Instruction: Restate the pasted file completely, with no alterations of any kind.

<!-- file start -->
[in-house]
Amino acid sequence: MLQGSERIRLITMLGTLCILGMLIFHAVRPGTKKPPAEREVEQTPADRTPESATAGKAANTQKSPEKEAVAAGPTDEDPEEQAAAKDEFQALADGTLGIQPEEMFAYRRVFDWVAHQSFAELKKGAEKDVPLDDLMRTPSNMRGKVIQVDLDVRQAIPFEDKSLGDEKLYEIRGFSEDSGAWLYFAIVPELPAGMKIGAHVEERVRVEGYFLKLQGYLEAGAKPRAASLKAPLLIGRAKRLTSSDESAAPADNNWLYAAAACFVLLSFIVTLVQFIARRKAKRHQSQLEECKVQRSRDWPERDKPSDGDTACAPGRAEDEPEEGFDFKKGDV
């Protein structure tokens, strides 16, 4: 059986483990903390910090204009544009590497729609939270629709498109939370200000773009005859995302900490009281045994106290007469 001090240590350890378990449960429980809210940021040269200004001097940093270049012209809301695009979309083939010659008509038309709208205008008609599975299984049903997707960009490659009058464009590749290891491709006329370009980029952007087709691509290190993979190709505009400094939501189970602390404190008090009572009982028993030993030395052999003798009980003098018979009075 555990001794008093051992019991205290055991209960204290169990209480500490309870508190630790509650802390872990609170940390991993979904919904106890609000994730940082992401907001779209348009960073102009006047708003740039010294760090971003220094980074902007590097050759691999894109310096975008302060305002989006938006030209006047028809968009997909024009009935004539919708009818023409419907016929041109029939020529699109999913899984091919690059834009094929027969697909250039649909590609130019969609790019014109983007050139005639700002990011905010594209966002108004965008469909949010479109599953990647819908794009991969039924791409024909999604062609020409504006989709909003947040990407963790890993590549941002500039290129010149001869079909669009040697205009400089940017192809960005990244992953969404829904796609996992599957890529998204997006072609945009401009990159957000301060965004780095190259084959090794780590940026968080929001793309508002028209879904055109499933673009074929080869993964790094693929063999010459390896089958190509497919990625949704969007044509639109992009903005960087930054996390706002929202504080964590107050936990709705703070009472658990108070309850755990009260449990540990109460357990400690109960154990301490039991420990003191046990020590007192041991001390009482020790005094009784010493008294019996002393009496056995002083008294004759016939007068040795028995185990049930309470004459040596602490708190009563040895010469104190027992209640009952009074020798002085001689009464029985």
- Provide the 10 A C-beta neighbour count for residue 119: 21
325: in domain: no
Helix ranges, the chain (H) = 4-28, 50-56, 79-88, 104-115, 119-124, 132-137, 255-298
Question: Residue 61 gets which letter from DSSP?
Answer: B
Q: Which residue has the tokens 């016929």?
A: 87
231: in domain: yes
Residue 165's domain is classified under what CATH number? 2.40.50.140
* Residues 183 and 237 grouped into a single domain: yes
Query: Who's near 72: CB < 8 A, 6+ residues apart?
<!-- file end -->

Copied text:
[in-house]
Amino acid sequence: MLQGSERIRLITMLGTLCILGMLIFHAVRPGTKKPPAEREVEQTPADRTPESATAGKAANTQKSPEKEAVAAGPTDEDPEEQAAAKDEFQALADGTLGIQPEEMFAYRRVFDWVAHQSFAELKKGAEKDVPLDDLMRTPSNMRGKVIQVDLDVRQAIPFEDKSLGDEKLYEIRGFSEDSGAWLYFAIVPELPAGMKIGAHVEERVRVEGYFLKLQGYLEAGAKPRAASLKAPLLIGRAKRLTSSDESAAPADNNWLYAAAACFVLLSFIVTLVQFIARRKAKRHQSQLEECKVQRSRDWPERDKPSDGDTACAPGRAEDEPEEGFDFKKGDV
């Protein structure tokens, strides 16, 4: 059986483990903390910090204009544009590497729609939270629709498109939370200000773009005859995302900490009281045994106290007469 001090240590350890378990449960429980809210940021040269200004001097940093270049012209809301695009979309083939010659008509038309709208205008008609599975299984049903997707960009490659009058464009590749290891491709006329370009980029952007087709691509290190993979190709505009400094939501189970602390404190008090009572009982028993030993030395052999003798009980003098018979009075 555990001794008093051992019991205290055991209960204290169990209480500490309870508190630790509650802390872990609170940390991993979904919904106890609000994730940082992401907001779209348009960073102009006047708003740039010294760090971003220094980074902007590097050759691999894109310096975008302060305002989006938006030209006047028809968009997909024009009935004539919708009818023409419907016929041109029939020529699109999913899984091919690059834009094929027969697909250039649909590609130019969609790019014109983007050139005639700002990011905010594209966002108004965008469909949010479109599953990647819908794009991969039924791409024909999604062609020409504006989709909003947040990407963790890993590549941002500039290129010149001869079909669009040697205009400089940017192809960005990244992953969404829904796609996992599957890529998204997006072609945009401009990159957000301060965004780095190259084959090794780590940026968080929001793309508002028209879904055109499933673009074929080869993964790094693929063999010459390896089958190509497919990625949704969007044509639109992009903005960087930054996390706002929202504080964590107050936990709705703070009472658990108070309850755990009260449990540990109460357990400690109960154990301490039991420990003191046990020590007192041991001390009482020790005094009784010493008294019996002393009496056995002083008294004759016939007068040795028995185990049930309470004459040596602490708190009563040895010469104190027992209640009952009074020798002085001689009464029985």
- Provide the 10 A C-beta neighbour count for residue 119: 21
325: in domain: no
Helix ranges, the chain (H) = 4-28, 50-56, 79-88, 104-115, 119-124, 132-137, 255-298
Question: Residue 61 gets which letter from DSSP?
Answer: B
Q: Which residue has the tokens 């016929």?
A: 87
231: in domain: yes
Residue 165's domain is classified under what CATH number? 2.40.50.140
* Residues 183 and 237 grouped into a single domain: yes
Query: Who's near 72: CB < 8 A, 6+ residues apart?